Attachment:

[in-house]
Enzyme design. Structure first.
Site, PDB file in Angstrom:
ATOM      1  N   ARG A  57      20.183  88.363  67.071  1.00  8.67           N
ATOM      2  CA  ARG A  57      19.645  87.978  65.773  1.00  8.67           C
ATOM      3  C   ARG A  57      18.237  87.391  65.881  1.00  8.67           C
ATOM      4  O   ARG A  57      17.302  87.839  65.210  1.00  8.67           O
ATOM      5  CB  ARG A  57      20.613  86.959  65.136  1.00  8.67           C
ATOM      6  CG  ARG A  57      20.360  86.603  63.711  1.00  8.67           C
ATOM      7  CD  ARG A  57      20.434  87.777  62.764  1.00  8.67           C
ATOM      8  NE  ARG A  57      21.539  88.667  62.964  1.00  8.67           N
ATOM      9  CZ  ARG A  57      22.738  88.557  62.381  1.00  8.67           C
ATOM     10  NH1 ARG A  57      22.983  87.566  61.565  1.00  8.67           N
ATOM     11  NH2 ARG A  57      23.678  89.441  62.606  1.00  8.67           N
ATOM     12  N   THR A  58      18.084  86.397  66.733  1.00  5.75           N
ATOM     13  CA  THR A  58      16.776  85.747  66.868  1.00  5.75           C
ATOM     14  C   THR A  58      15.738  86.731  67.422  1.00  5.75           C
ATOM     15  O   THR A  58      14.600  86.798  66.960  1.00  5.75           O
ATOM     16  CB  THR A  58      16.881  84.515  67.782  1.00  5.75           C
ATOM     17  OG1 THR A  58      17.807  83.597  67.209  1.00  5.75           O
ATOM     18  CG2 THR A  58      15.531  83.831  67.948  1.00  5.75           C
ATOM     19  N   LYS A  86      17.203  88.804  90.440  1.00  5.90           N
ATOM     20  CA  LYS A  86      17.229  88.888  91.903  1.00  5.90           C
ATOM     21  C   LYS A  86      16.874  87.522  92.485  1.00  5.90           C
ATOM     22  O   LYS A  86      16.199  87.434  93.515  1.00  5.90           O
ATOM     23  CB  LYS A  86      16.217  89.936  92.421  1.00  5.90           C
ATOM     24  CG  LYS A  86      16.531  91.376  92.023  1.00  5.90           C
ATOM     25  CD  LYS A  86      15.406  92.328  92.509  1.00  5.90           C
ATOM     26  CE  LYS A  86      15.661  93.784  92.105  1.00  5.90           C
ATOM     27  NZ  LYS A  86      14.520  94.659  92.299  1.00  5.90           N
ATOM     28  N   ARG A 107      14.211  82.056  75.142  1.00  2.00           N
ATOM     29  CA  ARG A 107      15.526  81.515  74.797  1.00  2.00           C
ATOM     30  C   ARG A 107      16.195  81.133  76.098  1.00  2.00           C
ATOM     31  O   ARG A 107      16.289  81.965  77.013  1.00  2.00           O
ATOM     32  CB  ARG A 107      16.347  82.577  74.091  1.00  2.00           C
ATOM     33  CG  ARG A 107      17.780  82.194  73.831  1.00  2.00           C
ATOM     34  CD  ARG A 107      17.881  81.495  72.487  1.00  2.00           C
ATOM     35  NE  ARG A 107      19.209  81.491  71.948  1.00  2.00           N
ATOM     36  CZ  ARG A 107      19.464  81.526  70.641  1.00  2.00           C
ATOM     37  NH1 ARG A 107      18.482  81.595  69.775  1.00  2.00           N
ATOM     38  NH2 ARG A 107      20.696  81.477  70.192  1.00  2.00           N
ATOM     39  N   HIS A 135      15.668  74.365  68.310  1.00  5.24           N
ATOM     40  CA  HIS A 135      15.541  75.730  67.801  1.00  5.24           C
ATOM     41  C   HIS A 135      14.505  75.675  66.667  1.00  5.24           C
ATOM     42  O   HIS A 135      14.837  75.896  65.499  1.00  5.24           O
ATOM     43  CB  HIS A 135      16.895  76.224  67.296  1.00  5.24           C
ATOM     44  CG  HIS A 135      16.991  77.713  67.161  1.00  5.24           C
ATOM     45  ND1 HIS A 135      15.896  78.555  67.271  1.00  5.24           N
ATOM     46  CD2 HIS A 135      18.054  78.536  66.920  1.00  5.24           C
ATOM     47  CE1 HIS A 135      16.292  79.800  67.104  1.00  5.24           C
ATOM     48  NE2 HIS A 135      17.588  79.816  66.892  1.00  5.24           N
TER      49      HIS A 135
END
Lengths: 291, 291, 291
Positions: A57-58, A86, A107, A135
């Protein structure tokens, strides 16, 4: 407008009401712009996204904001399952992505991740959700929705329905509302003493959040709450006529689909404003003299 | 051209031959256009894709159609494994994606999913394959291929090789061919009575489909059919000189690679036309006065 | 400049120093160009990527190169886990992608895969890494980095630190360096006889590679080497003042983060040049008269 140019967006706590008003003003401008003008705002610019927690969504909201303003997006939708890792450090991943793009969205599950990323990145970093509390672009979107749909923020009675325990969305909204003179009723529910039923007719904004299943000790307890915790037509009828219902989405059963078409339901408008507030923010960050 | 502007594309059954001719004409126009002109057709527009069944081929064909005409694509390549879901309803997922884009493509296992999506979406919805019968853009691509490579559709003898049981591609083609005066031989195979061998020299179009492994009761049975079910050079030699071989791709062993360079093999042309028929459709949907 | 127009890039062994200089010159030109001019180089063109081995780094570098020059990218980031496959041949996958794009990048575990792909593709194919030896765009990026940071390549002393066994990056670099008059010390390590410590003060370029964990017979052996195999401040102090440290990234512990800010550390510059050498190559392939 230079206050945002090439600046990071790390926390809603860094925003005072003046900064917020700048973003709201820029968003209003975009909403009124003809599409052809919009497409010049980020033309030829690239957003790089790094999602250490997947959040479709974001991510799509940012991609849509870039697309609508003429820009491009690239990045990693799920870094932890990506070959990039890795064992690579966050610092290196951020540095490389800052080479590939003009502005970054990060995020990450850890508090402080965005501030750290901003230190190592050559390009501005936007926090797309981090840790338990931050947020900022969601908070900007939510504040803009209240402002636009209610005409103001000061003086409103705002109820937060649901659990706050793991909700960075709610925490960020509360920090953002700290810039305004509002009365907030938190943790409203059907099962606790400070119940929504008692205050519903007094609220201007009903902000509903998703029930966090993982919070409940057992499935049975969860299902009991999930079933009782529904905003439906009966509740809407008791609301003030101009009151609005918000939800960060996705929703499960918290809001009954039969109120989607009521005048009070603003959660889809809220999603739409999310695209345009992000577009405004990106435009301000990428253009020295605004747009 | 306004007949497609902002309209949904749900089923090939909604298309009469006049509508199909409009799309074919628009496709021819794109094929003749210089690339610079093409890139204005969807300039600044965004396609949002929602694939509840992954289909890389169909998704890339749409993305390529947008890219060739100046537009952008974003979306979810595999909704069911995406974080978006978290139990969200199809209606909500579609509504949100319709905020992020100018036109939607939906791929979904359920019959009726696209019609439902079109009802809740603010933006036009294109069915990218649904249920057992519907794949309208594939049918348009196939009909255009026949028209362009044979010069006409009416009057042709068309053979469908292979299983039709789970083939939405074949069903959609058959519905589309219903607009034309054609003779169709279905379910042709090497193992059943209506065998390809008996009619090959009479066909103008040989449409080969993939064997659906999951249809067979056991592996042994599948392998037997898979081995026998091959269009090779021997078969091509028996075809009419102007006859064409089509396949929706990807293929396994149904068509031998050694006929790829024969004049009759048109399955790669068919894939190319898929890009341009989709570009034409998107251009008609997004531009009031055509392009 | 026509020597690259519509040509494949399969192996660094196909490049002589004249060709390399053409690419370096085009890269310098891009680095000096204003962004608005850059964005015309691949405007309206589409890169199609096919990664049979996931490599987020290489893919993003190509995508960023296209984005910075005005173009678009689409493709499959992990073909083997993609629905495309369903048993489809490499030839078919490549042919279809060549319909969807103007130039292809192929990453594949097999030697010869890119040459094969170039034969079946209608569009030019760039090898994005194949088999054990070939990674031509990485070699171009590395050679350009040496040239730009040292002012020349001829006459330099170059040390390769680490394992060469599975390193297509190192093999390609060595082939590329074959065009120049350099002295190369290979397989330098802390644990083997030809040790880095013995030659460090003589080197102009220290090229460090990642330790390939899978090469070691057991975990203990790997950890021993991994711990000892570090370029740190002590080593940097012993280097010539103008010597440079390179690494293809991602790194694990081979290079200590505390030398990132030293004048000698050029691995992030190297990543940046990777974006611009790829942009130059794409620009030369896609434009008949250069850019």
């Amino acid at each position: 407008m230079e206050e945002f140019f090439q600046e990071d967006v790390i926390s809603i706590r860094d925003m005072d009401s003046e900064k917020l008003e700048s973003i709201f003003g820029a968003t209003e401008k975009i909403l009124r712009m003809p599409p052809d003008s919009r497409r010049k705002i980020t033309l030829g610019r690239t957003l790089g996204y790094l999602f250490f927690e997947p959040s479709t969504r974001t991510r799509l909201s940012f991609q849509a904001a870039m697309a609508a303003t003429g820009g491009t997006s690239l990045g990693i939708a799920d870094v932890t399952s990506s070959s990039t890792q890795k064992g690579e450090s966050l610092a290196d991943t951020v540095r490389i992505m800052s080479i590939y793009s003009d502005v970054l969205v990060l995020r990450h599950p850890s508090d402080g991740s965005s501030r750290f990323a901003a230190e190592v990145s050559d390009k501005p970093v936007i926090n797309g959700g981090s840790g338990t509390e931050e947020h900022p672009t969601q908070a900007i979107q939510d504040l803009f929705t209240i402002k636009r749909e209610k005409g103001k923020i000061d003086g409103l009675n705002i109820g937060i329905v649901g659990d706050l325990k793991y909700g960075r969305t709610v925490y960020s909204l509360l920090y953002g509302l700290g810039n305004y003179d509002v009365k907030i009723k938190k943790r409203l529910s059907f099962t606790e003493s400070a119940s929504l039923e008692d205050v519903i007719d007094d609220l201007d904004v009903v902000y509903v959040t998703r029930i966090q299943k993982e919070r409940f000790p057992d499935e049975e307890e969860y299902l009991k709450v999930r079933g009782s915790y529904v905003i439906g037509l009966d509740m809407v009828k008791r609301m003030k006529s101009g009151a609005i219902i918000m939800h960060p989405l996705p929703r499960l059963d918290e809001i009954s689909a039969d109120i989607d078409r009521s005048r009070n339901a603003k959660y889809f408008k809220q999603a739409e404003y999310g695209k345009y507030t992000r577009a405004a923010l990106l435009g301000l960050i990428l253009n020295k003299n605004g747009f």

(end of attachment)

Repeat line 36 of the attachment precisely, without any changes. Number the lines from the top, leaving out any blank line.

ATOM     33  CG  ARG A 107      17.780  82.194  73.831  1.00  2.00           C